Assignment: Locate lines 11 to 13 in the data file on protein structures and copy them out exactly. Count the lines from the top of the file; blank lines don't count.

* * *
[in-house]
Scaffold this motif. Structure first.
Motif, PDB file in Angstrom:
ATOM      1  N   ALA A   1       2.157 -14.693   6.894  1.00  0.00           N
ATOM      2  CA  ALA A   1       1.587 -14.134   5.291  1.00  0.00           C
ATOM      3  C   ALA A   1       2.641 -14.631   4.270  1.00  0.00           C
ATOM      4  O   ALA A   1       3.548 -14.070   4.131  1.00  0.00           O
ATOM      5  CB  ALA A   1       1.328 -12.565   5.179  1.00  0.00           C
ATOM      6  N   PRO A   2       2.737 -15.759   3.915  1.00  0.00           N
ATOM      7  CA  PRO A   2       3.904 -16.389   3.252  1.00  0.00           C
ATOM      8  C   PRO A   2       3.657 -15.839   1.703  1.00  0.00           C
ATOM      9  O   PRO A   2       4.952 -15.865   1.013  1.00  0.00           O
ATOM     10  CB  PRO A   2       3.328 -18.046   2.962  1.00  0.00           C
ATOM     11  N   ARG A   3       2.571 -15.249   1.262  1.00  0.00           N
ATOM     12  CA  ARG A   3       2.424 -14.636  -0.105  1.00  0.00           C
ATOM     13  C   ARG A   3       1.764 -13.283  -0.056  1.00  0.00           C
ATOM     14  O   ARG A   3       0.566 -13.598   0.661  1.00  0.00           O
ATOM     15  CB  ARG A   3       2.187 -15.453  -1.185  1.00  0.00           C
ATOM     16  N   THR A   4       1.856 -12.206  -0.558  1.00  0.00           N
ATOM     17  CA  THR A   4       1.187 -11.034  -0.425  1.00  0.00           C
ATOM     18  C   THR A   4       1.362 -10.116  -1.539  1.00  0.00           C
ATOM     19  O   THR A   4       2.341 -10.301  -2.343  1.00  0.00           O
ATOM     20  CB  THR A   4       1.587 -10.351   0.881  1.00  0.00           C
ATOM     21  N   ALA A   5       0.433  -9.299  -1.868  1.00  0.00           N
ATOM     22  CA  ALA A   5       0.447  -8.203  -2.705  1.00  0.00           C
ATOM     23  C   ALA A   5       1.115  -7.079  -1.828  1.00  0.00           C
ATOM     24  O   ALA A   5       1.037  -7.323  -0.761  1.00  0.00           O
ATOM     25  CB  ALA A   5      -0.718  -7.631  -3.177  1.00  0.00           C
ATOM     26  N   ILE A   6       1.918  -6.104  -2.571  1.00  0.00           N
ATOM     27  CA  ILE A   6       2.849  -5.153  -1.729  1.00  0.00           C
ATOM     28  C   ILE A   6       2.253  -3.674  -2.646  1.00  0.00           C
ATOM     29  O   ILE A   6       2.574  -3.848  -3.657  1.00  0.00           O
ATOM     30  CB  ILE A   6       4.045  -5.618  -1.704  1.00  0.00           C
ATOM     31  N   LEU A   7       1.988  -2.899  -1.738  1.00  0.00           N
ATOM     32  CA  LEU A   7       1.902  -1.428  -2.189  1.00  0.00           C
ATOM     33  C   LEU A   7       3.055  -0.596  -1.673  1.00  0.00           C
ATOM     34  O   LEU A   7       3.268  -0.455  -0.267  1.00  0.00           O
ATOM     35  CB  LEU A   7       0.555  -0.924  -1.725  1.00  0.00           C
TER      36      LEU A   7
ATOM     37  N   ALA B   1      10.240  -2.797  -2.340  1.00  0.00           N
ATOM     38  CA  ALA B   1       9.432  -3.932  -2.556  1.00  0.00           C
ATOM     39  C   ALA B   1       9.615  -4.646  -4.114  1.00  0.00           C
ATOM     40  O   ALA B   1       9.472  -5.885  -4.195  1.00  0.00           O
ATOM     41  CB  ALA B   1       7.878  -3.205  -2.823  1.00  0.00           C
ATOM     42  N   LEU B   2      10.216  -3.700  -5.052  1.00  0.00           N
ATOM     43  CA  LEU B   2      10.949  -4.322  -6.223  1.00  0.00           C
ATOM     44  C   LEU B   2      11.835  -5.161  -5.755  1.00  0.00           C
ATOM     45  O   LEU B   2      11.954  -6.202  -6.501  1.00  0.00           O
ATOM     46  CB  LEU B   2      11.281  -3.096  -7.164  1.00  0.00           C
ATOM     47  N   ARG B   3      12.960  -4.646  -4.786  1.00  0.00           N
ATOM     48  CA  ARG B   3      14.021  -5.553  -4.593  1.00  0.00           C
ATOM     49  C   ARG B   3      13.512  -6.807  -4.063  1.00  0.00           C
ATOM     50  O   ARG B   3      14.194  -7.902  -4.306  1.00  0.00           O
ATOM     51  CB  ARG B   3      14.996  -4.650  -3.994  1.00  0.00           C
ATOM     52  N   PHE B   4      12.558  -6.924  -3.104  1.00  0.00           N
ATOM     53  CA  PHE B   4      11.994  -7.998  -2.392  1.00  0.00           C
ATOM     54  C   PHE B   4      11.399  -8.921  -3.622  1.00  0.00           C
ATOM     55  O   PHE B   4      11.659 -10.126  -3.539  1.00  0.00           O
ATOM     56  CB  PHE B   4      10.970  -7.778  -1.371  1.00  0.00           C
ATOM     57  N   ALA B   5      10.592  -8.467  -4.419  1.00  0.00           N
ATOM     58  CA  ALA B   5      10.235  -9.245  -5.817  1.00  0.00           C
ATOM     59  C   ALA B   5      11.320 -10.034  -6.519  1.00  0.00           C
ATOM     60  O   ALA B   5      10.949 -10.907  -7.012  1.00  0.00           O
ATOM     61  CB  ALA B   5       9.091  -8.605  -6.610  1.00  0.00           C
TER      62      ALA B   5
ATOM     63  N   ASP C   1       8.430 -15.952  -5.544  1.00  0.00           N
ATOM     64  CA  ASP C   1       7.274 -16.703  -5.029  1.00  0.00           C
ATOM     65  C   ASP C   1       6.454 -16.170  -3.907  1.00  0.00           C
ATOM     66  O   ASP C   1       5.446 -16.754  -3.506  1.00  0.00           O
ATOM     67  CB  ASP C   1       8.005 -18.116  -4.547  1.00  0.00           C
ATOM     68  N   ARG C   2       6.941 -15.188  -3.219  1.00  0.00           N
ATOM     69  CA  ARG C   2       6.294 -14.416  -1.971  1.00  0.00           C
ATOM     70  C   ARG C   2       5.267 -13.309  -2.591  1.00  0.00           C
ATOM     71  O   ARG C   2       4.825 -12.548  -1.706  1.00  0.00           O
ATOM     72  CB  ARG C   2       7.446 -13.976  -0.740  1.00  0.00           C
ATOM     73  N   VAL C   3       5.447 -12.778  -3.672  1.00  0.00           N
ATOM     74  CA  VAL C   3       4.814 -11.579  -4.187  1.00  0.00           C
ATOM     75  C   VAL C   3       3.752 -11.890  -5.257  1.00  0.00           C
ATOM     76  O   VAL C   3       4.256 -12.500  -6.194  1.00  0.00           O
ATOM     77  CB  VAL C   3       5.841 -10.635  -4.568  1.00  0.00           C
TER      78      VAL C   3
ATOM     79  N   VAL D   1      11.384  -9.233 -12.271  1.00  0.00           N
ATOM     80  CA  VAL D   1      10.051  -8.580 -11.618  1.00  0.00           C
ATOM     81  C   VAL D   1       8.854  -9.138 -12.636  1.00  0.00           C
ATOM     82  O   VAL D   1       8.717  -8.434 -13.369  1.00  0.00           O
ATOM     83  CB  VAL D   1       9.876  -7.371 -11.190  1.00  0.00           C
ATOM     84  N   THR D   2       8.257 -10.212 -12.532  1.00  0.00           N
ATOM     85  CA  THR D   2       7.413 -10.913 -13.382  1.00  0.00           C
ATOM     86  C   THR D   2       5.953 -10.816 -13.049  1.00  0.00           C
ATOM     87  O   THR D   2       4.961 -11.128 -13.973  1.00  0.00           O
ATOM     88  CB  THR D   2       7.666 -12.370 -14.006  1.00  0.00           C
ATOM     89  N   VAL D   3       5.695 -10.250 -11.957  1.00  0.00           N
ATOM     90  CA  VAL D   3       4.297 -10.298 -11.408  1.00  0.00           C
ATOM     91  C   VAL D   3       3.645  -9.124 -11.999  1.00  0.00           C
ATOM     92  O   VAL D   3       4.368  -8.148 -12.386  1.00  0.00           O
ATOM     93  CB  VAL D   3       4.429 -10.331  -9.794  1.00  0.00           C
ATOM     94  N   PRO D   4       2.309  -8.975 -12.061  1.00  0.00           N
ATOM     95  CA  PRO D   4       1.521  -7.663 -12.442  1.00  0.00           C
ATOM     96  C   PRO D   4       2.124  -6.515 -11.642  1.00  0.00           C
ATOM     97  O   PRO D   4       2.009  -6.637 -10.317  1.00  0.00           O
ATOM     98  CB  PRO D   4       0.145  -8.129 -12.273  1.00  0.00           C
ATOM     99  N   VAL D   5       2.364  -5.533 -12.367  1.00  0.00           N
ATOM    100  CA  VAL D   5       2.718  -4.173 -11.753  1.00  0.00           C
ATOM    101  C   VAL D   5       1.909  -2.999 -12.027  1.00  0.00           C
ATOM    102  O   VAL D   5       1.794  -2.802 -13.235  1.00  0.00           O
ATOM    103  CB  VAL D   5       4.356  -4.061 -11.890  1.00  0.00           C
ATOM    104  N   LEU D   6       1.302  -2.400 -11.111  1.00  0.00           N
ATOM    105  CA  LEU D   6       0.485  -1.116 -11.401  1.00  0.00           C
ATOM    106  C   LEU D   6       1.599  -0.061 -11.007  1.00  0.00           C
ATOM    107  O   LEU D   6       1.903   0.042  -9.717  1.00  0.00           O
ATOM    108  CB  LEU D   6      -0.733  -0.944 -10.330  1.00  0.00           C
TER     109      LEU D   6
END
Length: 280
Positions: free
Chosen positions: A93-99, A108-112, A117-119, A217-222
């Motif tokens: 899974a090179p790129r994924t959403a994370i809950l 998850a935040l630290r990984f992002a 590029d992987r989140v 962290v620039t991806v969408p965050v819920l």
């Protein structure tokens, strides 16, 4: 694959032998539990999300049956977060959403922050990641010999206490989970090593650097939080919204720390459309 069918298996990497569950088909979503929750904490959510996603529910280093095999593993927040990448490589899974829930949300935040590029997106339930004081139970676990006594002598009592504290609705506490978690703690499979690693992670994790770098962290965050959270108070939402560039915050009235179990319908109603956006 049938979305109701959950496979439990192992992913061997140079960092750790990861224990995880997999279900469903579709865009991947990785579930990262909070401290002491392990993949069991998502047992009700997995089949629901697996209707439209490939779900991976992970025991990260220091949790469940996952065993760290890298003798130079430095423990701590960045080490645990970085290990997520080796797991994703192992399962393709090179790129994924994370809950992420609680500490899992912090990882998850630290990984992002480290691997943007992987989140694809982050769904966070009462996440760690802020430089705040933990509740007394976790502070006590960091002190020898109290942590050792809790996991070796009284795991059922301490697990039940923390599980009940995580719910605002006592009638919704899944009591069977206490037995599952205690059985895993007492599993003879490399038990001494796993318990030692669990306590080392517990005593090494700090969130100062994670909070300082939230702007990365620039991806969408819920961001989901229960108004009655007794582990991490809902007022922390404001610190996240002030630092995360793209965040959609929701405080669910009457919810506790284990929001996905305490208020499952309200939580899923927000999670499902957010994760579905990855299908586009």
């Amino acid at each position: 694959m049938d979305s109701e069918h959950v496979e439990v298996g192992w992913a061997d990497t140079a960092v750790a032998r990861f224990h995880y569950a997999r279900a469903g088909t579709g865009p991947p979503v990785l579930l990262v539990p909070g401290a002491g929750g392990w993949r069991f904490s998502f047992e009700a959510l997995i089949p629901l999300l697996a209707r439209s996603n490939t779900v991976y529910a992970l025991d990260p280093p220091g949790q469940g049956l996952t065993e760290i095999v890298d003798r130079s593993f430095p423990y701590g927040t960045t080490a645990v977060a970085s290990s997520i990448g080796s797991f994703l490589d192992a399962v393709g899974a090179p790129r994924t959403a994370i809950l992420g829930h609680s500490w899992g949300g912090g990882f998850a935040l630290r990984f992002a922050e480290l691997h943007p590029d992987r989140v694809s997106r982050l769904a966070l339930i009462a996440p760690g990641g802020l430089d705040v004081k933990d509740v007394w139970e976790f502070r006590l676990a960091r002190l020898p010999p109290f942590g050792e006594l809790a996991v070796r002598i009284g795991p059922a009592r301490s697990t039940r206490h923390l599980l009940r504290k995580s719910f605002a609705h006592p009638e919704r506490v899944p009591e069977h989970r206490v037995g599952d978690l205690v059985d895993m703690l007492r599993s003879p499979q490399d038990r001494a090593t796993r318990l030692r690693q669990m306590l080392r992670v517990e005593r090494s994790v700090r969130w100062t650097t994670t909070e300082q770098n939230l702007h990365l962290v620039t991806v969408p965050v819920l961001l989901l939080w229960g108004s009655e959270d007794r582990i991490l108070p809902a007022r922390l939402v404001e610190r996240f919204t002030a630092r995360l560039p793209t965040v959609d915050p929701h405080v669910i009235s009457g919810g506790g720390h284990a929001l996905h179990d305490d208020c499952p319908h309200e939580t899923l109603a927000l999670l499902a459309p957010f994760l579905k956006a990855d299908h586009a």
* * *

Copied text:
ATOM      8  C   PRO A   2       3.657 -15.839   1.703  1.00  0.00           C
ATOM      9  O   PRO A   2       4.952 -15.865   1.013  1.00  0.00           O
ATOM     10  CB  PRO A   2       3.328 -18.046   2.962  1.00  0.00           C